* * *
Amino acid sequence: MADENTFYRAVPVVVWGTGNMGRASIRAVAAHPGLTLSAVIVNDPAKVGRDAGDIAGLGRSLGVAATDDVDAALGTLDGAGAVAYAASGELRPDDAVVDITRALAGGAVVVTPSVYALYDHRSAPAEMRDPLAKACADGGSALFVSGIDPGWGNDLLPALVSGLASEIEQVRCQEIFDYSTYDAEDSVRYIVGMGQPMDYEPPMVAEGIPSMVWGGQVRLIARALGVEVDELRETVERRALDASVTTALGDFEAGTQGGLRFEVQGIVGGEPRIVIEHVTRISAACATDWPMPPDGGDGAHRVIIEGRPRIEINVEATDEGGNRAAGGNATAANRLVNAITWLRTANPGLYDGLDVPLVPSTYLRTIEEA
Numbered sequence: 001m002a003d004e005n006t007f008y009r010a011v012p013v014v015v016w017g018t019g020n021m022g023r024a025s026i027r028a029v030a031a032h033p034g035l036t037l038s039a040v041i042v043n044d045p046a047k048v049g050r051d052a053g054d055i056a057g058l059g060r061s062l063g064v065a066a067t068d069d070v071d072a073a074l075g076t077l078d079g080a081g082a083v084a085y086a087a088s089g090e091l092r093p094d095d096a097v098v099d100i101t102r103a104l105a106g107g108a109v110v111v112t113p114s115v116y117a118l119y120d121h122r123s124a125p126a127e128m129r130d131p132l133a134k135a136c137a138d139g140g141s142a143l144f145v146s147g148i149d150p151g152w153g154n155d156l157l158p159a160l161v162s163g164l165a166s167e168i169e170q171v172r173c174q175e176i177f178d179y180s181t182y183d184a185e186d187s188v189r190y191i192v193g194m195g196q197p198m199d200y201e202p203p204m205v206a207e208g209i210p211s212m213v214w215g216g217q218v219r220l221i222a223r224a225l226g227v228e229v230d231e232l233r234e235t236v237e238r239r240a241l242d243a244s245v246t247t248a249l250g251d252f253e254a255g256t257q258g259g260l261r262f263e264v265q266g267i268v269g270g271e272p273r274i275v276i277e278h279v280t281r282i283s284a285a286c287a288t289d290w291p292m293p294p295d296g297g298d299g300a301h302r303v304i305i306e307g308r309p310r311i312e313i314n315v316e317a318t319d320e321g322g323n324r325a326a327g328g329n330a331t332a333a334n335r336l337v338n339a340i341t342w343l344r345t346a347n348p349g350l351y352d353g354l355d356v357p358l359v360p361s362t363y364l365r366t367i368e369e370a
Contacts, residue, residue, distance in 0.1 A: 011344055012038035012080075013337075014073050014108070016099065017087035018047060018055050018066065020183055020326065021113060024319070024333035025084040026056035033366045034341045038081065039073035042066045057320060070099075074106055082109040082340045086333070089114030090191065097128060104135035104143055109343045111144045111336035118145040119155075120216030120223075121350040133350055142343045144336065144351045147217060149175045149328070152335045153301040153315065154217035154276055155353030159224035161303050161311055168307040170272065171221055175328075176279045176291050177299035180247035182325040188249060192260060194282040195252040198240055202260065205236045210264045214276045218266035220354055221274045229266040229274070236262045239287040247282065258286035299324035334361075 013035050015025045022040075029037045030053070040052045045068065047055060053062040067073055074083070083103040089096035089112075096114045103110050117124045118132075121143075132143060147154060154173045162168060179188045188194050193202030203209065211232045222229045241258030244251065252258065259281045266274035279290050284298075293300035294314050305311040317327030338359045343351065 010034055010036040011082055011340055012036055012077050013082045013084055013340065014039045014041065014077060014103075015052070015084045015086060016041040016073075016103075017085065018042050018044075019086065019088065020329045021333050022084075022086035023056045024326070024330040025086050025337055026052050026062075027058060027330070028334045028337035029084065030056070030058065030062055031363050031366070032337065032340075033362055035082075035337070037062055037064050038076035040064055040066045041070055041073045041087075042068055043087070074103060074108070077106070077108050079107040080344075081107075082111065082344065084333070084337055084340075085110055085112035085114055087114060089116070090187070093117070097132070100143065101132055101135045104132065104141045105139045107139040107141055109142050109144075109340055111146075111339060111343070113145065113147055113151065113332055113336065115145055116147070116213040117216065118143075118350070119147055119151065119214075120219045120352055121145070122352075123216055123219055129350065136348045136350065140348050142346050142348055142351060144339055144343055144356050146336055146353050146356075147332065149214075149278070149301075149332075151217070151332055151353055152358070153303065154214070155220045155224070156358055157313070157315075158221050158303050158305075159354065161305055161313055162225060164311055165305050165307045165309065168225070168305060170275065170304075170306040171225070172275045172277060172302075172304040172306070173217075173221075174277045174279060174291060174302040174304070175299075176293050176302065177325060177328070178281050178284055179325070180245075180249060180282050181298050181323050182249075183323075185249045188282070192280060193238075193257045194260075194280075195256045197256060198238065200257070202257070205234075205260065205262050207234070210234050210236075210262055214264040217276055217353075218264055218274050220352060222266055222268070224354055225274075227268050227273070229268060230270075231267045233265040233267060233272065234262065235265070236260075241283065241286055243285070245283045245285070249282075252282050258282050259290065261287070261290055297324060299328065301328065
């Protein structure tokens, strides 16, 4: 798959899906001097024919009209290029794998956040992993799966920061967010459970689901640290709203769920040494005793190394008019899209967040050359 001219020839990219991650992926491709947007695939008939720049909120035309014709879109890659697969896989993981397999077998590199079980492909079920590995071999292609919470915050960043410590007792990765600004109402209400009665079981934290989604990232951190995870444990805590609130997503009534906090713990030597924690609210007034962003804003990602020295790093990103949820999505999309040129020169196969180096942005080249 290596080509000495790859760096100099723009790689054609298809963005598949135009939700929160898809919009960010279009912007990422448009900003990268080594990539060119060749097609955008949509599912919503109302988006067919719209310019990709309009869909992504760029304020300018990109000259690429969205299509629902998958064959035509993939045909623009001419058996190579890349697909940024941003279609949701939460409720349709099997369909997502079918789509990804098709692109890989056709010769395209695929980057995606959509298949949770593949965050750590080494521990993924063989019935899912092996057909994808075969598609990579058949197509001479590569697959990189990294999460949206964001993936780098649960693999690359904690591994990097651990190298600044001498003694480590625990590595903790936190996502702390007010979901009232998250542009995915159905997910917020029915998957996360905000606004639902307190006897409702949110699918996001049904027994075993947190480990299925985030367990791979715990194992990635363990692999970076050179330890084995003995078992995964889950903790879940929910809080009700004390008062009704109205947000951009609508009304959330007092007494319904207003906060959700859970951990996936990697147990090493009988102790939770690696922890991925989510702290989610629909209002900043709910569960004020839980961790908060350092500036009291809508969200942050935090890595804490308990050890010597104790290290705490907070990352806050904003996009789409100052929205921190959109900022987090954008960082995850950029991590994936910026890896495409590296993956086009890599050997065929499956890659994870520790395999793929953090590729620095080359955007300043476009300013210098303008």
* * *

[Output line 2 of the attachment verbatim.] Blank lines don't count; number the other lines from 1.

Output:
Numbered sequence: 001m002a003d004e005n006t007f008y009r010a011v012p013v014v015v016w017g018t019g020n021m022g023r024a025s026i027r028a029v030a031a032h033p034g035l036t037l038s039a040v041i042v043n044d045p046a047k048v049g050r051d052a053g054d055i056a057g058l059g060r061s062l063g064v065a066a067t068d069d070v071d072a073a074l075g076t077l078d079g080a081g082a083v084a085y086a087a088s089g090e091l092r093p094d095d096a097v098v099d100i101t102r103a104l105a106g107g108a109v110v111v112t113p114s115v116y117a118l119y120d121h122r123s124a125p126a127e128m129r130d131p132l133a134k135a136c137a138d139g140g141s142a143l144f145v146s147g148i149d150p151g152w153g154n155d156l157l158p159a160l161v162s163g164l165a166s167e168i169e170q171v172r173c174q175e176i177f178d179y180s181t182y183d184a185e186d187s188v189r190y191i192v193g194m195g196q197p198m199d200y201e202p203p204m205v206a207e208g209i210p211s212m213v214w215g216g217q218v219r220l221i222a223r224a225l226g227v228e229v230d231e232l233r234e235t236v237e238r239r240a241l242d243a244s245v246t247t248a249l250g251d252f253e254a255g256t257q258g259g260l261r262f263e264v265q266g267i268v269g270g271e272p273r274i275v276i277e278h279v280t281r282i283s284a285a286c287a288t289d290w291p292m293p294p295d296g297g298d299g300a301h302r303v304i305i306e307g308r309p310r311i312e313i314n315v316e317a318t319d320e321g322g323n324r325a326a327g328g329n330a331t332a333a334n335r336l337v338n339a340i341t342w343l344r345t346a347n348p349g350l351y352d353g354l355d356v357p358l359v360p361s362t363y364l365r366t367i368e369e370a